Scientists Collected Radioactive Baby Teeth During the Cold War
Toward the end of World War II, the United States dropped atomic bombs on two Japanese cities—Hiroshima and Nagasaki. These are the only two incidents of nuclear weapon use in armed conflict to date. Although some people justify its use as necessary for ending the war, others raised concerns about the unknown health implications.
Among the second group are a team of scientists who came together to determine how the nuclear fallout affected humans using—wait for it—children’s baby teeth.
The Atomic Bomb Fallout After the Fallout
Contrary to expectations, the conclusion of the Second World War didn’t end nuclear weapon testing. Seeing how powerful the tests were, this quickly became a cause for public concern. For example, one test carried out in 1954 was so strong that it matched a blast from 15 million tons of TNT. It also filled the nearby islands with radiation and ash.
As testing went on, one specific isotope was the primary subject of concern on everyone’s lips. That is, strontium-90.
What is Strontium-90?
Strontium-90, when it occurs naturally, has numerous scientific benefits. However, it had become notorious for being toxic and reactive when it is produced due to nuclear fission. This prompted the American public’s outrage when they discovered it was being tested.
Adlai Stevenson, a Democratic presidential candidate at the time, spoke about the toxicity of this substance during the period leading to the elections in 1956. Three years later, there were reports of radioactive deposits in milk and wheat in the Northern United States.
Why Use Baby Teeth For Testing?
The scientists mentioned above were from St. Louis University and the Washington University School of Dental Medicine. They collaborated with the Greater St. Louis Citizens’ Committee for Nuclear Information to use baby teeth to test for isotopes.
The reason for this isn’t far-fetched—infants and toddlers are typically among the age groups worst affected by radiation. Besides that, access to baby teeth is pretty easy. As such, there was no better way to test for strontium-90 than examining a child’s tooth.
Compassionate Scientist Tries to Sound the Alarm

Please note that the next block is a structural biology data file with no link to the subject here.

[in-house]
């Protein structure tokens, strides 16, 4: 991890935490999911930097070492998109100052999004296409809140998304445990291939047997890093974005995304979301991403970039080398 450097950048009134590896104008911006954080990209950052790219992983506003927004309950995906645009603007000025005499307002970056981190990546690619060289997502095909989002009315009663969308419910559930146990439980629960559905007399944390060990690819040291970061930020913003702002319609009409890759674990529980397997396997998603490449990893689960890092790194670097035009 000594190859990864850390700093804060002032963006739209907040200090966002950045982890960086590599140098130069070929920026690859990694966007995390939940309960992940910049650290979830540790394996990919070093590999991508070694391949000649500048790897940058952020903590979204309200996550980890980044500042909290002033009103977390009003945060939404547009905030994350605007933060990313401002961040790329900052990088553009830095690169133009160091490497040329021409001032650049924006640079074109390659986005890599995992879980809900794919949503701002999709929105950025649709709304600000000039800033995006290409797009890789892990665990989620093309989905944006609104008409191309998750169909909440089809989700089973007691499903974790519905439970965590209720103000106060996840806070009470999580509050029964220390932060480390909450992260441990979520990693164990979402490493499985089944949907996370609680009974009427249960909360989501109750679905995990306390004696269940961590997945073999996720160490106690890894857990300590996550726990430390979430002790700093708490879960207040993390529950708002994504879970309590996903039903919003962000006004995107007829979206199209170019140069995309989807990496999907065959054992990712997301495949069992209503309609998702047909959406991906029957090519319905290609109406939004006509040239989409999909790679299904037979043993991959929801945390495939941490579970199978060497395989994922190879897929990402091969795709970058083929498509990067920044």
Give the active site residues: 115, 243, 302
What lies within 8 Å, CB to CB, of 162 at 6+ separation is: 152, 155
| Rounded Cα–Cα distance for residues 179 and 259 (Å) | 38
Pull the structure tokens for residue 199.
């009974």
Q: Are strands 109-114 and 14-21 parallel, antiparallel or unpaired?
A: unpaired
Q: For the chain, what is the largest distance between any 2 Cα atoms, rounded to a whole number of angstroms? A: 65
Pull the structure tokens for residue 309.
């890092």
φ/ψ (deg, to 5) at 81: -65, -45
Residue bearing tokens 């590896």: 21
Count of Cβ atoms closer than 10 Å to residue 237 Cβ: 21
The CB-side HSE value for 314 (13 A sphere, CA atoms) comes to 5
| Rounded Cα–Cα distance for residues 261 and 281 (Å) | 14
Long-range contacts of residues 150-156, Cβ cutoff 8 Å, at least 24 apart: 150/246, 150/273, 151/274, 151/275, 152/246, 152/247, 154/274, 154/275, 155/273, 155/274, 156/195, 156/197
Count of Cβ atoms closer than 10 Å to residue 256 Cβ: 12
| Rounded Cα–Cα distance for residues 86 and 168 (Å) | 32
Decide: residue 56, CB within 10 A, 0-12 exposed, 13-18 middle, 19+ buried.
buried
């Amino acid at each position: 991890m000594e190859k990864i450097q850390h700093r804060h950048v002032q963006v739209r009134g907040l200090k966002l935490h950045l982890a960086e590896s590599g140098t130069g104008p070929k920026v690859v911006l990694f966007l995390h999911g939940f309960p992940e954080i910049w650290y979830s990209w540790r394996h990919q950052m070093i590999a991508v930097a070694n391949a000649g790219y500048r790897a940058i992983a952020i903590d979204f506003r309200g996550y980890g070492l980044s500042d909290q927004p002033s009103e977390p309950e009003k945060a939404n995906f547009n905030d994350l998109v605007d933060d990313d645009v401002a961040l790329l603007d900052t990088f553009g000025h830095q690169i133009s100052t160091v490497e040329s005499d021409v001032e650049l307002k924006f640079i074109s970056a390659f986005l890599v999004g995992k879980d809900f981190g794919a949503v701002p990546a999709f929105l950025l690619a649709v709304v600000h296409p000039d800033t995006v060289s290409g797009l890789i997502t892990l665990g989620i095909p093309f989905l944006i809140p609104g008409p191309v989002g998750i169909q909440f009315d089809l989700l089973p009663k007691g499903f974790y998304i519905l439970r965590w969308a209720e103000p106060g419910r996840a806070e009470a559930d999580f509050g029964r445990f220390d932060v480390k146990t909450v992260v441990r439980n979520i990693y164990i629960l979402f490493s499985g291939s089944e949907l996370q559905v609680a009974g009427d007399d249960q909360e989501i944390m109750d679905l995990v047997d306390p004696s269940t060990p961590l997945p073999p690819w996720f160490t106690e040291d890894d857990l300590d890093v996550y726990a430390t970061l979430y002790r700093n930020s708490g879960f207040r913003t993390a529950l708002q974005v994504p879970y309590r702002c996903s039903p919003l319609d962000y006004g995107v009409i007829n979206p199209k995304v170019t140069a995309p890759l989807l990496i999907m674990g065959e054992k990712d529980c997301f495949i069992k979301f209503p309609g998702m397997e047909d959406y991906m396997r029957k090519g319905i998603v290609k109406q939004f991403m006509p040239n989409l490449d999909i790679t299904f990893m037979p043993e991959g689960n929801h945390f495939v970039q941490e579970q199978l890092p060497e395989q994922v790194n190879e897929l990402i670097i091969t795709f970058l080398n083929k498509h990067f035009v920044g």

Kathleen Lonsadale, a well-known pacifist and scientist, published her book, Is Peace Possible?, in the mid-1950s. In it, she disclosed that children easily absorbed strontium-90, which could make them develop bone tumors.
Unfortunately, the harm was already done as British and American official reports stated that there were already significant amounts of the isotope in kids living in the US and the UK.
Donating Teeth For Science
When the baby teeth survey started, reports showed that at least 400 atomic bombs had already been tested above ground. There were also concerns about children absorbing strontium-90 while drinking milk and water. Since many of the nuclear tests occurred in Nevada, St. Louis was the perfect location for this study, as it was fairly far away.
Scientists Barry Commoner and Ursula Franklin, as well as Doctors Eric and Louise Reiss, encouraged children in various St. Louis schools to mail in their teeth for the survey by using “I gave my tooth to science” posters as incentives.
Testing Results Confirmed Their Fears
The team obtained at least 320,000 children’s teeth for the survey that lasted 12 years. As predicted, the result of the study showed that babies were absorbing the isotope.
According to the study, babies born in 1963 after most of the tests were carried out had 50 times more of the isotope in their teeth than those born in 1950. Bottle-fed children had the highest levels of strontium-90 in their teeth.
The Partial Test Ban Treaty of 1963
Following the above findings, in 1963 President John F. Kennedy facilitated the signing into law of The Partial Test Ban Treaty. The US, Soviet Union, and Great Britain signed the treaty two months after Dr. Eric Reiss presented the survey result to the American Senate Committee.
This was a laudable development as it prohibited nuclear explosions in the atmosphere, underwater, and outer space.
Years Later, Finally a Full Ban
Unfortunately, as the name suggests, the Partial Test Ban Treaty of 1963 didn’t address the issue of nuclear testing in its entirety—it still allowed underground testing on the condition that the radioactive fallout didn’t exceed the boundaries of the country conducting the test.
Only about 33 years later was another ban that prohibited all testing of nuclear bombs signed.
Rediscovering the Baby Teeth Survey
About 20 years ago, researchers re-discovered the brilliance of the scientists that conducted the baby teeth survey. This time, they decided to slowly but steadily collect and preserve data from the study. This process involved the entry of note cards containing information about all the teeth donors.
The Radiation and Public Health Project accepted the teeth donations in the hopes that it would not only be useful for their research but also aid future scientists as they undertake further research.